Shorter apprenticeship schemes do not provide same value as longer courses

Business owners are concerned that shorter apprenticeship schemes do not provide the same value as longer courses, the Forum of Private Business warns.

At a Business, Innovation and Skills select committee inquiry into apprenticeships, FPB senior policy advisor Alex Jackman told MPs that apprenticeships are facing an ‘identity crisis’ over how entrepreneurs view shorter courses.

‘Business owners in more traditional industries often doubt their value relative to the longer schemes they run, and even question whether they should be branded as apprenticeships at all,’ says Jackman.

‘At a general level we have spent decades devaluing GCSEs, A-levels and degrees by making them easier to pass. It is just not acceptable to devalue apprenticeships in the same way.’

According to the FPB, more awareness is needed of the differences between intense, four-year apprenticeships and shorter schemes, greater clarity about their applicability to businesses in different industries and more centralised information about where to source information, funding and courses.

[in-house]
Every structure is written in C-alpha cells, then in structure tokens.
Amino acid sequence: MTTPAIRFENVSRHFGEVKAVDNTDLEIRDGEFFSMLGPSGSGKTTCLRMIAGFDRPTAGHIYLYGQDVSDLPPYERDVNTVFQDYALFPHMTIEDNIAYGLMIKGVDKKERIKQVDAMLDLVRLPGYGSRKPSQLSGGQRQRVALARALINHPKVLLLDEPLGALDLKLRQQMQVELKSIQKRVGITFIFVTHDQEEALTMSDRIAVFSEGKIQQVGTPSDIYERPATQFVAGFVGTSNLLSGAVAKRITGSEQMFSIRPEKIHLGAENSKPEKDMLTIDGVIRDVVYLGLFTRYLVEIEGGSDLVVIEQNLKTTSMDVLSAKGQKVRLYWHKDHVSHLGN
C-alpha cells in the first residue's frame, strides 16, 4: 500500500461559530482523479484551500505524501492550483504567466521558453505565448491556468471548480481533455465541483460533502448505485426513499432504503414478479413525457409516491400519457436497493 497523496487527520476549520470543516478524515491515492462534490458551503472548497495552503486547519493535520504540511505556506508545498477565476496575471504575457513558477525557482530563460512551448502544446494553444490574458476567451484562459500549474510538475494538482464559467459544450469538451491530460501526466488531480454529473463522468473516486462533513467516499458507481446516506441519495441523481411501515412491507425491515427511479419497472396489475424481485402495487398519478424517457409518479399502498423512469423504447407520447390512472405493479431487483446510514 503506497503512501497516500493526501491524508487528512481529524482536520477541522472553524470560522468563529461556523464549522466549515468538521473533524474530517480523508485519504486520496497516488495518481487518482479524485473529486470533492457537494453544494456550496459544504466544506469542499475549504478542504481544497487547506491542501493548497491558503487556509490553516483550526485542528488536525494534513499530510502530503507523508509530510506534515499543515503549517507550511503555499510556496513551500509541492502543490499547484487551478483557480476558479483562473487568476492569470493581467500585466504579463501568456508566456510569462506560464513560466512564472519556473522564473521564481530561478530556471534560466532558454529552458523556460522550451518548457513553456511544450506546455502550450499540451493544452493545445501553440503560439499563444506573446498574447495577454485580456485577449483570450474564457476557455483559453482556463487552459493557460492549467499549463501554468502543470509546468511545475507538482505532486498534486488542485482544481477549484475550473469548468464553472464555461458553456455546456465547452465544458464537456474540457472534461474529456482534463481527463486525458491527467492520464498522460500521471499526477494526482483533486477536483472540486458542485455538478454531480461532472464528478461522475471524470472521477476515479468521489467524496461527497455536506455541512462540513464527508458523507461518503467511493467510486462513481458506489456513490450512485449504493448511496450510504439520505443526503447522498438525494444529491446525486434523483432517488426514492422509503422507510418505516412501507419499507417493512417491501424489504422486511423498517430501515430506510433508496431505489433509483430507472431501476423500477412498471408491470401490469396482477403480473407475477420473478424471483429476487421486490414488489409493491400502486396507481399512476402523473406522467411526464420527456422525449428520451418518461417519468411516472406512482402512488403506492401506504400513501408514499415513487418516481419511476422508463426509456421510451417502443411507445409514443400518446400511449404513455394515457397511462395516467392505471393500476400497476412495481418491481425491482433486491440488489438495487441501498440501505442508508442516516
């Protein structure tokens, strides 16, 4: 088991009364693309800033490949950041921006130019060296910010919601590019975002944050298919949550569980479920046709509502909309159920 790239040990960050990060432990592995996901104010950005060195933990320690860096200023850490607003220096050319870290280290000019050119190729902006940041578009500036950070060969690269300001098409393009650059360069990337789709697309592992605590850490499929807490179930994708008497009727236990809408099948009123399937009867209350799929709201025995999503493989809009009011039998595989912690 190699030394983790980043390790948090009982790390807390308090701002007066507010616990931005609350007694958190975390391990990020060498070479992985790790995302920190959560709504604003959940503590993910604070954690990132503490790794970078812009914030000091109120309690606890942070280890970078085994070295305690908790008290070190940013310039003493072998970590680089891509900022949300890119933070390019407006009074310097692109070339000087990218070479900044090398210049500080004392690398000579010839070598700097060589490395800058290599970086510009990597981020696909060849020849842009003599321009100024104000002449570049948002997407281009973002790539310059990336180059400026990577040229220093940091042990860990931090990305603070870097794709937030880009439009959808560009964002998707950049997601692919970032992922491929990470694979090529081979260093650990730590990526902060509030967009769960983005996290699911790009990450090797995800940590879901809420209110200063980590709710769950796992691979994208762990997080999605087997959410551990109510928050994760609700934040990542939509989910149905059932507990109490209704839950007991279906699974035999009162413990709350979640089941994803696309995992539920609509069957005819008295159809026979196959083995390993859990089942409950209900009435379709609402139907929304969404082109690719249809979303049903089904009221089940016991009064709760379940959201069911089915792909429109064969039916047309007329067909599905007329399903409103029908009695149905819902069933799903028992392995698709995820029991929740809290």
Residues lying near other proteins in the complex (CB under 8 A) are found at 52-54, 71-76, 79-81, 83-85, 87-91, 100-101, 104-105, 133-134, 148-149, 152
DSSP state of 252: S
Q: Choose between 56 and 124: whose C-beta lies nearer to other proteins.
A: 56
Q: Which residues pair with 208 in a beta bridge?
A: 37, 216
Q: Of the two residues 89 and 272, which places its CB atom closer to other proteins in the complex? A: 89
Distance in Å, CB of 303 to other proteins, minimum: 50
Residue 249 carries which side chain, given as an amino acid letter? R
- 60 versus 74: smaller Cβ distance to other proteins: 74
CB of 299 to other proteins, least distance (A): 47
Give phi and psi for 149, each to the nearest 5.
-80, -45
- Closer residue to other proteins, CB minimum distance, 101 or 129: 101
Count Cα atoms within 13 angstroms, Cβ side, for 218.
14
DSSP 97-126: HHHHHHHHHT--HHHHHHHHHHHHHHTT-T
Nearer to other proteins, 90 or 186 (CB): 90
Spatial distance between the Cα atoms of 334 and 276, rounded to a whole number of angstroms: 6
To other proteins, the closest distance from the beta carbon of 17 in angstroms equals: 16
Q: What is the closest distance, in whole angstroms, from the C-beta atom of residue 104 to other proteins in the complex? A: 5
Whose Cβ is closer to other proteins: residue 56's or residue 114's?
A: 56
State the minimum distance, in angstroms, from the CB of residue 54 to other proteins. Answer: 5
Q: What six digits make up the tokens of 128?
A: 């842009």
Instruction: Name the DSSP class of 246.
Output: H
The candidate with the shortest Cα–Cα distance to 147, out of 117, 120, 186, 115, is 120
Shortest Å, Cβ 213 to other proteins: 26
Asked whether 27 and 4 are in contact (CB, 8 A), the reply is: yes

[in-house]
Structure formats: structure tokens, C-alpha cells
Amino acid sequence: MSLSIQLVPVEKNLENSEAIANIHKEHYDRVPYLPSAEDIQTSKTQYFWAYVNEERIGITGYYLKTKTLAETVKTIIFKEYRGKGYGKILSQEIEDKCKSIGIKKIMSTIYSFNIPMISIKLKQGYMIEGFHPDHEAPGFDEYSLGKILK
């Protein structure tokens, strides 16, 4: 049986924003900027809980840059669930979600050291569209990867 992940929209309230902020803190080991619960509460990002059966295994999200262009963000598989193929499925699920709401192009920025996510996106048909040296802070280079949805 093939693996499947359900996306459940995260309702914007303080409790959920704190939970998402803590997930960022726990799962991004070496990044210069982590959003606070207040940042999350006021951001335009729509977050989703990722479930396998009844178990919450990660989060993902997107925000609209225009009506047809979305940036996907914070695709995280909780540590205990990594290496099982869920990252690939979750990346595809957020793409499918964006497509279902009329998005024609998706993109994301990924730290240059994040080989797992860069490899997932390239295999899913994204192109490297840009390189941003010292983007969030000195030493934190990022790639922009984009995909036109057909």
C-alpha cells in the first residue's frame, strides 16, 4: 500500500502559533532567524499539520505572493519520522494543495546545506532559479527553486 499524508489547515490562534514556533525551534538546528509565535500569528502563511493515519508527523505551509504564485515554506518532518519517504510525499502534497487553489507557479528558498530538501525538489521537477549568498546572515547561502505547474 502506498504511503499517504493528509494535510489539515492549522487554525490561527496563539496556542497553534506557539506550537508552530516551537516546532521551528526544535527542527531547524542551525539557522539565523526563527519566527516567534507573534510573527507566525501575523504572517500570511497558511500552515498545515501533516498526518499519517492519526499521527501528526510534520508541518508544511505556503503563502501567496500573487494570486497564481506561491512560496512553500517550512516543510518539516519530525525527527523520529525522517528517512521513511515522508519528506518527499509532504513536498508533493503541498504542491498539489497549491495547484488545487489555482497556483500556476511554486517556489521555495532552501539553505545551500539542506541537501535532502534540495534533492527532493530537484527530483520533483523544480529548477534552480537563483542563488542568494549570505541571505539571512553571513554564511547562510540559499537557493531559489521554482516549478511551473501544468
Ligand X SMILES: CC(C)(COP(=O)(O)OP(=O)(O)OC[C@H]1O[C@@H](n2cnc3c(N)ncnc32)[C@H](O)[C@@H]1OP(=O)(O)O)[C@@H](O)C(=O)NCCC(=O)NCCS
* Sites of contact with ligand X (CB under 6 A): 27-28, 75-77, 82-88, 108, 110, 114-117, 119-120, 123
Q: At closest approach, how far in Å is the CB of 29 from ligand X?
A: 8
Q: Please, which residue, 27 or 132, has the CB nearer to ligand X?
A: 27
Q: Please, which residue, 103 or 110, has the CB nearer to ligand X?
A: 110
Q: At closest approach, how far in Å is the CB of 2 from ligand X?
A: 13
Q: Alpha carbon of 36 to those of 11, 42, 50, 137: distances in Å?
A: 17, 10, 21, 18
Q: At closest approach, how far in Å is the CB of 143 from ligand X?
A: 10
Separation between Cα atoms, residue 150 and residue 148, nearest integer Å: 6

In its submission to the official inquiry, the Forum argued that central government could be more effective in overcoming the lack of clarity over information about apprenticeships as a result of the numerous routes through which to seek advice.

The lobbying group believes that reinstating independent careers advice in schools and colleges would develop greater understanding of the value of apprenticeships within the education system.

In the interests of flexibility and meeting the specific needs of small businesses, the Forum also calls for more incentives to encourage firms to take on apprentices, including via tax breaks and building on the direct, employer-led funding initiative currently being piloted.

Forum research suggests 46 per cent of small businesses use day release and college training apprenticeships, 31 per cent traditional ‘on-the-job’ training schemes, and 26 per cent work trials taking on long-term unemployed people on 30-day trials.